Katia Weakens To A Tropical Depression As It Moves Into Mexico

Hurricane Irma roars through Florida

Hurricane Irma roars through Florida

As Mexican authorities rushed supplies and help to the regions most battered by the quake, Hurricane Katia struck the east coast of Mexico early Saturday as a Category 1 storm.

At the time Katia made landfall, it had maximum sustained winds of 75 miles per hour.

NHC noted that risky storm surge will raise water levels by as much as 5 to 7 feet above normal tide levels near and to the north of where Katia makes landfall.

Even as she spoke, across the country, Hurricane Katia was roaring onshore north of Tecolutla in Veracruz state, pelting the region with intense rains and winds.

The Mexican government has discontinued all tropical storm warnings. Katia is also expected to produce total rain accumulations of 2 to 5 inches over southern Tamaulipas, eastern San Luis Potosi, western Hidalgo, eastern Queretaro, and southern Veracruz through Saturday evening.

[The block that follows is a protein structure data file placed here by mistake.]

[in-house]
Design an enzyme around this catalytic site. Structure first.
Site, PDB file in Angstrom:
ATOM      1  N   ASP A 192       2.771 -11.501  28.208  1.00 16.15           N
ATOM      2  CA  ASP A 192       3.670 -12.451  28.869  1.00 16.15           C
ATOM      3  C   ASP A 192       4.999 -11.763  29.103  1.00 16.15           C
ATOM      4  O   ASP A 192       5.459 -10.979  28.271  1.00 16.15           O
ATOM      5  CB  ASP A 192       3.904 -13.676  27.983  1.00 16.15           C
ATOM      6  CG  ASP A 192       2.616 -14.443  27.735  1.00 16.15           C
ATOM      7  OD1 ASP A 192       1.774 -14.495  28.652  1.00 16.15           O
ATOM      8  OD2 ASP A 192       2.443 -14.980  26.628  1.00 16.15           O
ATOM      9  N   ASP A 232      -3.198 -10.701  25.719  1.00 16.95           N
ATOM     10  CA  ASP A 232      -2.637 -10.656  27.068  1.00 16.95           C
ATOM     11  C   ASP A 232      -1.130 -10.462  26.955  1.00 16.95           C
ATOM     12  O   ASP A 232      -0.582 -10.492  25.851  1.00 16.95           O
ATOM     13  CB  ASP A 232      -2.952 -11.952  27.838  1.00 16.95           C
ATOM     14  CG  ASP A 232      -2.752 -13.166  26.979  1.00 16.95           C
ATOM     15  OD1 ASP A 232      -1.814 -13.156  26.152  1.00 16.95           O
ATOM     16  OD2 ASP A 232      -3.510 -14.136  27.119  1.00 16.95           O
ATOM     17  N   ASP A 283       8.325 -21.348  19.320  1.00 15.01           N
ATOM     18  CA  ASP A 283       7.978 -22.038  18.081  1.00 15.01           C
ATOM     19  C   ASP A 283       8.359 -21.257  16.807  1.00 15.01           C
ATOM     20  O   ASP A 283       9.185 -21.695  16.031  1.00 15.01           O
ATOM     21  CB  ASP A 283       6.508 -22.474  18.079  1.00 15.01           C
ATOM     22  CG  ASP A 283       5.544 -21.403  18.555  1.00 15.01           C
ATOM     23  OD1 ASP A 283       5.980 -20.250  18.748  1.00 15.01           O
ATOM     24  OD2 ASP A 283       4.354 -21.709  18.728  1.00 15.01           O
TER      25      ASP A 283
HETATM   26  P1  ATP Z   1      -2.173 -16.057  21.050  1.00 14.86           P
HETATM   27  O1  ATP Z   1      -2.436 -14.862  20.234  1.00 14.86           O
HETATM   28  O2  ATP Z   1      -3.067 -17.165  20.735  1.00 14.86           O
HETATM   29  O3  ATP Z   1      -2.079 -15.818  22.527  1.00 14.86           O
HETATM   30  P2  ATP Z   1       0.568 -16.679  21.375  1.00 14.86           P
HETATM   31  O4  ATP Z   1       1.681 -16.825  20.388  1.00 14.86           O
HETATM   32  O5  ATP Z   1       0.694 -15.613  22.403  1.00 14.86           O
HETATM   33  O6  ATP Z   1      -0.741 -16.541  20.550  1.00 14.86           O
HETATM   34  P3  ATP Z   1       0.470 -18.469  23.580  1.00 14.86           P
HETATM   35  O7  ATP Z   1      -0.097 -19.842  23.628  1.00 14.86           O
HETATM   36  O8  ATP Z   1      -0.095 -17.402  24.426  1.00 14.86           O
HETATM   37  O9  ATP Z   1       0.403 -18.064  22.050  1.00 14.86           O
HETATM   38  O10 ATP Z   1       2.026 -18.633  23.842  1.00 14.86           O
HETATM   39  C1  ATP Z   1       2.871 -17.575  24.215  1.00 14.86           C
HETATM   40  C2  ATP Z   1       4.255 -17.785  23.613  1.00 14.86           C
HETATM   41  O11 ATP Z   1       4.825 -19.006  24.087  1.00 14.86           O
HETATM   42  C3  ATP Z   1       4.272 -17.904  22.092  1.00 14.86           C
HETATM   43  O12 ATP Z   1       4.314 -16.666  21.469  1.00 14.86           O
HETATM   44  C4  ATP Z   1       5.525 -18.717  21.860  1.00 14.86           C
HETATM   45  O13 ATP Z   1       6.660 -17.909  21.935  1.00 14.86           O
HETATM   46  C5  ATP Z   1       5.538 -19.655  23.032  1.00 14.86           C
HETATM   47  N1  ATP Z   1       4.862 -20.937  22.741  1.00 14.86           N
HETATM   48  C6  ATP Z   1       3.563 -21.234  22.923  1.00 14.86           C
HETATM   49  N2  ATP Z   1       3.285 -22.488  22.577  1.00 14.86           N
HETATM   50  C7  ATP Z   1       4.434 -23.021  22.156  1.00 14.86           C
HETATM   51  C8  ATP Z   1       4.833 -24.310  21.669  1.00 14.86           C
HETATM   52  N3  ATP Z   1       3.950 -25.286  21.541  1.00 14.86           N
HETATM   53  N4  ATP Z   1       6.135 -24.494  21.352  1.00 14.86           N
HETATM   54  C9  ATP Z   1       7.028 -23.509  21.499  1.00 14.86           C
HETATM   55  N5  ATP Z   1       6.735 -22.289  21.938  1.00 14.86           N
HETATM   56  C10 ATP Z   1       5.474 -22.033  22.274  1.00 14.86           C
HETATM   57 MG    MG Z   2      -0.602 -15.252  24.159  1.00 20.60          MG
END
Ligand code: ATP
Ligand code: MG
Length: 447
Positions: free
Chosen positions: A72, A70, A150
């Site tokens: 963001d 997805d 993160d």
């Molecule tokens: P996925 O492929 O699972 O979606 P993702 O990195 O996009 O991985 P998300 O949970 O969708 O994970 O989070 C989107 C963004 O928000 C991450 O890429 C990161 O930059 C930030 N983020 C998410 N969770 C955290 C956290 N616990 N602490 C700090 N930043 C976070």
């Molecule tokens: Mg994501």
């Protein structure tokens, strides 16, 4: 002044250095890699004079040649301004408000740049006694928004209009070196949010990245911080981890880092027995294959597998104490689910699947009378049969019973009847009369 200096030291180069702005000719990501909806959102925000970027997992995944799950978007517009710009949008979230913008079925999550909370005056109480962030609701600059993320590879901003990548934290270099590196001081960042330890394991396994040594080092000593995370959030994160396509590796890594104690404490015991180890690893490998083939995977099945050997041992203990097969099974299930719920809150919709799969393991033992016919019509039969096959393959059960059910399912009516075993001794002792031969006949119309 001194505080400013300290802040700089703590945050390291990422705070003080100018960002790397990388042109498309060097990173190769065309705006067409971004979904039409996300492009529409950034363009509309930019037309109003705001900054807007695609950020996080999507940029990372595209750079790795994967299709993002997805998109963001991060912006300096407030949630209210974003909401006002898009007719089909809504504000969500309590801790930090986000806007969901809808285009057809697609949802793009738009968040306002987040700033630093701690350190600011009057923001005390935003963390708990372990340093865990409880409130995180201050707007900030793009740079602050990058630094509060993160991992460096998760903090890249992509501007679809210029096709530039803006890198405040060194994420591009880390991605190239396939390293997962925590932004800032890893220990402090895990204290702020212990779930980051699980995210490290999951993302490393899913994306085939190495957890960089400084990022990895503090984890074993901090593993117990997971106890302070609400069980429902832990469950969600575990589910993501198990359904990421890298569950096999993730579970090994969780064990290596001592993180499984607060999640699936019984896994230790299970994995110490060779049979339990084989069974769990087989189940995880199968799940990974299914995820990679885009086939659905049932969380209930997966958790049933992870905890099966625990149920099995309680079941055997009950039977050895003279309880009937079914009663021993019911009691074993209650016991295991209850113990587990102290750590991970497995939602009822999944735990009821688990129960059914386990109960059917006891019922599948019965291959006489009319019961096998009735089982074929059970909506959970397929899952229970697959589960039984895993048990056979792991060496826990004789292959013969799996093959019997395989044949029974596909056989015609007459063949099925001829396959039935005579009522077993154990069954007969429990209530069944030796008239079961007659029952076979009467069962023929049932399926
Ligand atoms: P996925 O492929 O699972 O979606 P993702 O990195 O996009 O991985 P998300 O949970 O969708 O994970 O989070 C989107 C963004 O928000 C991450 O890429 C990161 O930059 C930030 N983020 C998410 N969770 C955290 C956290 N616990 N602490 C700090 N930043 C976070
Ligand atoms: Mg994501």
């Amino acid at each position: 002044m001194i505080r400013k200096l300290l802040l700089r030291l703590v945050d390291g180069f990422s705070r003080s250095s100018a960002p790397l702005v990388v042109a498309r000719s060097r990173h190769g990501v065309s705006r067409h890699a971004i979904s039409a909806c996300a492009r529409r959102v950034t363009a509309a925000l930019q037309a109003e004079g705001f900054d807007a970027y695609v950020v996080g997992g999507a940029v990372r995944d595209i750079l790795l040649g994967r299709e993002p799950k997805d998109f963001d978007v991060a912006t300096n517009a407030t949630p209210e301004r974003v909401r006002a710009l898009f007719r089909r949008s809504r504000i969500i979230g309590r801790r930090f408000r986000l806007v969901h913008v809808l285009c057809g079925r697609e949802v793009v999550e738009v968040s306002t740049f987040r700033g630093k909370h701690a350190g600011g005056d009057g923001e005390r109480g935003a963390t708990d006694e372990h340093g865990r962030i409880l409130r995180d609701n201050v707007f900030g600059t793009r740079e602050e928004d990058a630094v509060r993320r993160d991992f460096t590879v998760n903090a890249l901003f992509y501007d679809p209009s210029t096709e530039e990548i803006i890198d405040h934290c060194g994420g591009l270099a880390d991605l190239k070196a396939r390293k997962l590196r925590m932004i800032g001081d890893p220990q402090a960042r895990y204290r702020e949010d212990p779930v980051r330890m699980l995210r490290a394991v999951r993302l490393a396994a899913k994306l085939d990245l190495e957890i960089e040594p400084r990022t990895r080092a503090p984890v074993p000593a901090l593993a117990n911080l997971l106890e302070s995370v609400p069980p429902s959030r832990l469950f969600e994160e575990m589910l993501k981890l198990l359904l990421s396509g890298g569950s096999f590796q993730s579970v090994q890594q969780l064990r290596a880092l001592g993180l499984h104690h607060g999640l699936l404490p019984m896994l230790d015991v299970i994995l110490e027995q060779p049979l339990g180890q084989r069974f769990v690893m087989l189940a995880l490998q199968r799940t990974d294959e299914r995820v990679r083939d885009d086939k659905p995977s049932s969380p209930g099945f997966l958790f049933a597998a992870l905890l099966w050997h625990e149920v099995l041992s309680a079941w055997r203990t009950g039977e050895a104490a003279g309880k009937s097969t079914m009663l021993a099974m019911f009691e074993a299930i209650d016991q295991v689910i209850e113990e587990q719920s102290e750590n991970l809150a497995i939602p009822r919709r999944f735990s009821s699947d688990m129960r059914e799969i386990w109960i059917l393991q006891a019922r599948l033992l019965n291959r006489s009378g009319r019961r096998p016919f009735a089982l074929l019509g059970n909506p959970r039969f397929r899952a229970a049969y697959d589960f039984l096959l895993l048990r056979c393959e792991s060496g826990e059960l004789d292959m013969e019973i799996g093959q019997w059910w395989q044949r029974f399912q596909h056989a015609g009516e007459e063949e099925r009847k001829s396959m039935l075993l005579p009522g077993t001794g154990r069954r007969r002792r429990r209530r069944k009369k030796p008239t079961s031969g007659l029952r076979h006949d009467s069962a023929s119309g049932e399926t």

Hurricane Katia, the sixth hurricane of the 2017 season, is expected to make landfall in Mexico early Saturday morning.


They urged people living below hills and slopes to be ready to evacuate.

The Hurricane Warning previously issued between Cabo Rojo and Laguna Verde was changed to a Tropical Storm Warning, the National Hurricane Center said.

Mexican emergency workers are also scrambling to respond to an 8.1-magnitude natural disaster that struck off the country's southern Pacific coast late Thursday, killing at least 61 people.

As Katia rapidly weakened, Hurricane Jose continued to gather strength far out in the Atlantic. At the same time, Irma strengthened back into a Category 5 storm Friday night, after weakening to a Category 4 earlier in the day.

Katia was a smaller hurricane in comparison to more unsafe Irma and Jose.

Millions of Florida residents were ordered to evacuate after the storm killed 21 people in the eastern Caribbean and left catastrophic destruction in its wake.

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